Creating a Mindful Eating Mindset

By Kelly Jo Zellmann, MS, RDN, LD, CLT

Do you wonder what it means to actually be a mindful eater or “eat mindfully?” Mindful eating is another tool you can have in your well-being tool-box along with intuitive eating. However, there often are many misconceptions when it comes to mindful eating. First of all, mindful eating is not about eating healthier, better, or weight loss, and it’s not just about slowing down and savoring each bite of food. Mindful eating is about eating with intention and paying attention to what you are eating and changing your mindset and relationship around food and your body. It’s about noticing the “how” and “why” we eat and allows us to appreciate the food we eat more.

mindful eating imageThe art of mindfulness and mindful eating can positively change the way you engage with not only food but other aspects of your life. The skill of mindful eating can also be used to complement the 10 principles of intuitive eating.  So, let’s start by understanding what mindful eating is. According to The Center for Mindful Eating:

  • Mindful eating allows yourself to become aware of the positive and nurturing opportunities that are available through food selection and preparation by respecting your own inner wisdom.
  • Mindful eating uses all your senses in choosing to eat food that is both satisfying to you and nourishing to your body.
  • Mindful eating acknowledges responses to food (likes, dislikes or neutral) without judgment.
  • Mindful is becoming aware of physical hunger and satiety cues to guide your decisions to begin and end eating.

Similarly, to mindfulness, which is defined as the “awareness that arises through paying attention, on purpose, in the present moment, non-judgmentally,” there are many benefits to mindful eating.

Increased Food Enjoyment

How many times are we eating on the go or while multi-tasking these days working from home on the job or in the car? While the pandemic has forced us to be eating more meals at home, that doesn’t mean we have less distractions or are paying more attention to what we are eating. In fact, it may even pose more challenges since food is available 24/7 versus having to plan or leave to get meals if you are at work. It may be easier to mindlessly eat when you’re sitting at your computer all day and “breaks” seem to happen in the kitchen more frequently than while at the office.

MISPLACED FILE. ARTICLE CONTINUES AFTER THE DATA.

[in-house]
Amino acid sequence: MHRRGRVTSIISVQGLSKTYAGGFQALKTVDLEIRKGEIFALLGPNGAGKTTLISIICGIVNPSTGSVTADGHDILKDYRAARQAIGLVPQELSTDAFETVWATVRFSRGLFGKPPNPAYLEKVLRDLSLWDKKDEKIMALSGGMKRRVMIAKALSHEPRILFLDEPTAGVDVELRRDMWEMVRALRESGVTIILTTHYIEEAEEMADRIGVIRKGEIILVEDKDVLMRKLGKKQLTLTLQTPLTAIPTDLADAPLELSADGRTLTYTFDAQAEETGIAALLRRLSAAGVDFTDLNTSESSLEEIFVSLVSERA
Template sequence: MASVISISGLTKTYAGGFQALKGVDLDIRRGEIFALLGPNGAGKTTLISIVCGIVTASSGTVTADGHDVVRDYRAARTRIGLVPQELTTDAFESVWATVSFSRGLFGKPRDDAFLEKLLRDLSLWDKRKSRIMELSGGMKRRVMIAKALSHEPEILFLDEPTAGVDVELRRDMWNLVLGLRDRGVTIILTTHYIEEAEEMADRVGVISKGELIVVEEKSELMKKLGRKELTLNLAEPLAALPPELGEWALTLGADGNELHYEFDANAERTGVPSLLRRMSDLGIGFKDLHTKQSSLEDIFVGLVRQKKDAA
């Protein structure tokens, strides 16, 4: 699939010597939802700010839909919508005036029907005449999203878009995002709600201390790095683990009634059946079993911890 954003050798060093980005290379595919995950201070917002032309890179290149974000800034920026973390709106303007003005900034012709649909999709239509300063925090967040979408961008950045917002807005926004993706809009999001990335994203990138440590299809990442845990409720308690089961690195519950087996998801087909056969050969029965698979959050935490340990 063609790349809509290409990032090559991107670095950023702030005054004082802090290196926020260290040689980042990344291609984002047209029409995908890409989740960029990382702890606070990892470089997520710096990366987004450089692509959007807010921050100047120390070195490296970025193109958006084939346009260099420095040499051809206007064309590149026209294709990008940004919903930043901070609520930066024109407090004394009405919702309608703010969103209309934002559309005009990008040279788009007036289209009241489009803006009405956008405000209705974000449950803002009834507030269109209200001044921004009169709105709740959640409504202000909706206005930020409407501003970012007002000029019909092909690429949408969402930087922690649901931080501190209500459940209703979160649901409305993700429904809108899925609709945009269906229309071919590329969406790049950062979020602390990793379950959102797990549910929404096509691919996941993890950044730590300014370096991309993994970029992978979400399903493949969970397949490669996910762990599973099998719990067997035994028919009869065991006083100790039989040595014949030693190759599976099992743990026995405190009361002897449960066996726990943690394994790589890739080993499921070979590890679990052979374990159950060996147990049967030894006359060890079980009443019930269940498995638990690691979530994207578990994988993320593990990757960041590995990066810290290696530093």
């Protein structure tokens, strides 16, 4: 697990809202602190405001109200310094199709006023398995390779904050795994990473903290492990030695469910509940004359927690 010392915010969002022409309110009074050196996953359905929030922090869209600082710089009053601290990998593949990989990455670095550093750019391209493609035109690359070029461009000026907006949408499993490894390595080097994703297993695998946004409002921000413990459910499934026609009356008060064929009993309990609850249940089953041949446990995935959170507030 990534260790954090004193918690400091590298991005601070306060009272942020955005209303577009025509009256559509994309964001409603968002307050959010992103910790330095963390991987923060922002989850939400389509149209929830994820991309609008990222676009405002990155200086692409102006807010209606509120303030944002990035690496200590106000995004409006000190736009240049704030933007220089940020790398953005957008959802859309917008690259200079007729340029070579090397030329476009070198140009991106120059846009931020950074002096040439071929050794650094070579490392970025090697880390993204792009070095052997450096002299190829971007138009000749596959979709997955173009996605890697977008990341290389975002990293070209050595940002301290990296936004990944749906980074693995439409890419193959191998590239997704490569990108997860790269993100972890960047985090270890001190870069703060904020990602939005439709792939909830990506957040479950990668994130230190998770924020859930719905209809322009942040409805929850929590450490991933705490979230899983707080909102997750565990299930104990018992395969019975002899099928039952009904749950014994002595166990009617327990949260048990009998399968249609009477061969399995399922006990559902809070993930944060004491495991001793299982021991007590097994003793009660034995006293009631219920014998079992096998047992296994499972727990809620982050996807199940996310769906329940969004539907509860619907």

More Satisfaction with eating and mealtimes

Mindful eating tends to equate to increased satisfaction with eating and mealtimes. Are you eating for satisfaction or just eating as another task on your to-do list? If you can, take a few seconds to pause and notice your environment around eating before you start to eat, you may discover that there are little things you can do to improve your satisfaction. Notice any distractions such as your phone away or the television and experiment with shutting them off while eating your meal or snack.  By doing so, you may be able to notice what your taste buds are telling you about the flavor and texture of the foods you are eating and/or if it’s really satisfying what you are wanting or are hungry for at that moment. Pausing will also allow you to check in and notice your hunger level and any cues your body may be telling you. The more you can pause and check in, the more in tune you will be with your body and the food you are eating, which will result in increased satisfaction with food.

Improved Health Outcomes

There is a lot of research from a variety of patients ranging from diabetes to disordered eating that supports mindful eating with positive outcomes including decreased emotional eating, binge eating, depression or anxiety and emotional stress. It is also associated with healthier food choices and improved blood sugar control. There are also many programs and studies that correlate mindful eating with lower body weight. However, mindful eating is NOT intended for weight loss, since that is an outcome that reflects diet culture’s obsession with thinness and health status. Focusing on weight and weight loss takes the mind off of the present moment and it is harder to maintain a non-judgmental approach to eating.

practice mindfulness image